Published online by Cambridge University Press: 05 October 2010
Space and time are modes by which we think and not the conditions in which we live.–Albert Einstein
Since the beginning of sentience, the fabric of reality has been the subject of intense curiosity, and the twin concepts of space and time have figured prominently in the thinking of individuals of various intellectual persuasions. Understanding in science has advanced significantly through the postulates that underpin coherence and precision in the representation, and measurement, of space and time. These advances have formed the bedrock of the development of many disciplines. However, until the latter half of the nineteenth century many properties of space and time were assumed and therefore remained unquestioned. For example, the implicit acceptance of concepts such as absolute space (a coordinate system at rest, relative to which all inertial frames move at constant velocity) and absolute time (a universal time independent of any “clock” or mechanism) made most issues related to space and time impervious to empirical investigation and theoretical debate. This state of affairs was robustly challenged by scientists such as Ernst Mach, who among others imagined observers equipped with measuring devices (rulers and clocks) arriving at concepts at odds with notions of absolute space and absolute time.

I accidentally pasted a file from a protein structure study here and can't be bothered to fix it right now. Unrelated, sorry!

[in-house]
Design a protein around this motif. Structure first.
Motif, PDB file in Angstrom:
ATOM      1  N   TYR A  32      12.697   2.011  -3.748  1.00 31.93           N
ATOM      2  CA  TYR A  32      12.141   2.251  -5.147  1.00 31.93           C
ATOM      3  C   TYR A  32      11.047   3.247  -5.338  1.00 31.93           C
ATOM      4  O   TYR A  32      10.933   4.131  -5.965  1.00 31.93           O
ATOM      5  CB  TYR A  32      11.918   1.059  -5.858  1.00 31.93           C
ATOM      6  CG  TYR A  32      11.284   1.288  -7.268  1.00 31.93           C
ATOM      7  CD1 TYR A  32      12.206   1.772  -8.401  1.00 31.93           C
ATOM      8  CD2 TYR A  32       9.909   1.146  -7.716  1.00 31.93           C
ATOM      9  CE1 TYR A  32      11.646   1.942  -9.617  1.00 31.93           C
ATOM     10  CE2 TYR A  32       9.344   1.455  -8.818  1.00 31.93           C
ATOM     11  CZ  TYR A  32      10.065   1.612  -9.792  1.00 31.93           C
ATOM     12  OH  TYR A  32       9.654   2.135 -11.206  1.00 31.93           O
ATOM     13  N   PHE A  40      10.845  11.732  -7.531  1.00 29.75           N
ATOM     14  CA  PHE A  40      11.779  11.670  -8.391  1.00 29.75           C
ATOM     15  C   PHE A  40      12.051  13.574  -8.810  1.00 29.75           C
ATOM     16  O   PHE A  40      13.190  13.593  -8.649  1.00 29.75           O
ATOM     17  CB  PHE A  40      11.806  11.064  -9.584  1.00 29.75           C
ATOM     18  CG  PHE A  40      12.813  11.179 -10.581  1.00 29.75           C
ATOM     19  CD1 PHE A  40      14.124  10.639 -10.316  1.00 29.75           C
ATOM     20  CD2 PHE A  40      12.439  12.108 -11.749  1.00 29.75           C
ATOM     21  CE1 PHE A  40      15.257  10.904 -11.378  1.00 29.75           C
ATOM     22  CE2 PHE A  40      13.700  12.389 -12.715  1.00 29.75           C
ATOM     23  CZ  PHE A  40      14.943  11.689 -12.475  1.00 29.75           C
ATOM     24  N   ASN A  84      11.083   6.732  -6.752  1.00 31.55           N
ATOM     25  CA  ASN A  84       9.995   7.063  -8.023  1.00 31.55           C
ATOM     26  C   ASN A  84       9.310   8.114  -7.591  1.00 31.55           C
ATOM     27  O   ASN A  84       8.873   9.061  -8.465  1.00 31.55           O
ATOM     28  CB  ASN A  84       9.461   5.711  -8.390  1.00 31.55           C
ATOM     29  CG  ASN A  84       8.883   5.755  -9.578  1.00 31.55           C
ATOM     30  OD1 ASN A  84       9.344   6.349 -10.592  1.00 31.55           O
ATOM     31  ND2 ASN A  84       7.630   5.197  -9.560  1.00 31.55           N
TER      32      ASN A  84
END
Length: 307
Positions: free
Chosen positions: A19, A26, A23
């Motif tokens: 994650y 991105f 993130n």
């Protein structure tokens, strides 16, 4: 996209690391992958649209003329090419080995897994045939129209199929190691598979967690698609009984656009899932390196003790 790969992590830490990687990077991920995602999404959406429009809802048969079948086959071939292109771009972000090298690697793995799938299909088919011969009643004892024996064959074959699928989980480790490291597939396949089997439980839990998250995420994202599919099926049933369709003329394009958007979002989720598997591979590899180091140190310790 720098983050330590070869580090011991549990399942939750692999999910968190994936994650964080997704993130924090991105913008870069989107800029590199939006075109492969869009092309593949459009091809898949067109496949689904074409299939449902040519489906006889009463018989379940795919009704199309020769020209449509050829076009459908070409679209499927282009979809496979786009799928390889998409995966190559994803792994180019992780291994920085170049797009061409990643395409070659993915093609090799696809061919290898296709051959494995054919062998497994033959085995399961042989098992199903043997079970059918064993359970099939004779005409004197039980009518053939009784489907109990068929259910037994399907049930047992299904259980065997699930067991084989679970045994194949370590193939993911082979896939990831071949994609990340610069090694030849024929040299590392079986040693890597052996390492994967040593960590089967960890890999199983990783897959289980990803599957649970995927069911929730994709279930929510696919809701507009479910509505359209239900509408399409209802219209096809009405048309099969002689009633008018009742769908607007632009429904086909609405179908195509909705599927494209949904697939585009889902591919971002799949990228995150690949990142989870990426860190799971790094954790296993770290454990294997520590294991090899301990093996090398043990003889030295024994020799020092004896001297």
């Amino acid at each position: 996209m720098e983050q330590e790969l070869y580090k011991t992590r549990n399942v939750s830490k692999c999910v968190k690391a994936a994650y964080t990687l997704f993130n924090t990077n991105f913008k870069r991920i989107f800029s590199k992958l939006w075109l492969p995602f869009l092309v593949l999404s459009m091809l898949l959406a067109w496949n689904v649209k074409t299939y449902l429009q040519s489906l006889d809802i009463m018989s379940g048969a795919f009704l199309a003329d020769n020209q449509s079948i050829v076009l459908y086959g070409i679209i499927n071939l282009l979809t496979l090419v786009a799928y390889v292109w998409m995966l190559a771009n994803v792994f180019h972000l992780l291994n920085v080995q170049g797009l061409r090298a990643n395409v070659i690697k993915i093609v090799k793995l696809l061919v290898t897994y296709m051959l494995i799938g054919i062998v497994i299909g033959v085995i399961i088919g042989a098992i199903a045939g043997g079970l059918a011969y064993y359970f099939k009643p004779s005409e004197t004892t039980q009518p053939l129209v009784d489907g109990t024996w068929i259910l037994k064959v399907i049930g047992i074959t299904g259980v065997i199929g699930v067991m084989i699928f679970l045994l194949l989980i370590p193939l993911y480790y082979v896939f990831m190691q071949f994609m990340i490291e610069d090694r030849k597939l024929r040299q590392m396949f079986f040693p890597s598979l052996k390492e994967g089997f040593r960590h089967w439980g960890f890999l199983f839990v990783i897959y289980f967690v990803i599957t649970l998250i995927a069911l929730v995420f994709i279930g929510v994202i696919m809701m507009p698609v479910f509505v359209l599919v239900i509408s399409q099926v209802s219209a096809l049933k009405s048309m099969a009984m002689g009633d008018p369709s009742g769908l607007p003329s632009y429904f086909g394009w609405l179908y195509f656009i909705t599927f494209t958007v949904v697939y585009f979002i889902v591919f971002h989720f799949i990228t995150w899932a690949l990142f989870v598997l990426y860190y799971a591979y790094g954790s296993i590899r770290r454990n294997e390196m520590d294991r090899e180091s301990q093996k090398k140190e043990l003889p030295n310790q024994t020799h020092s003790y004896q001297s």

Many well-known scientists whose work spanned the latter half of the nineteenth century (Mach included) crossed the disciplinary boundaries of physics, philosophy, and vision science. In Mach's thinking on space and time, the observer's sense perception played a critical role.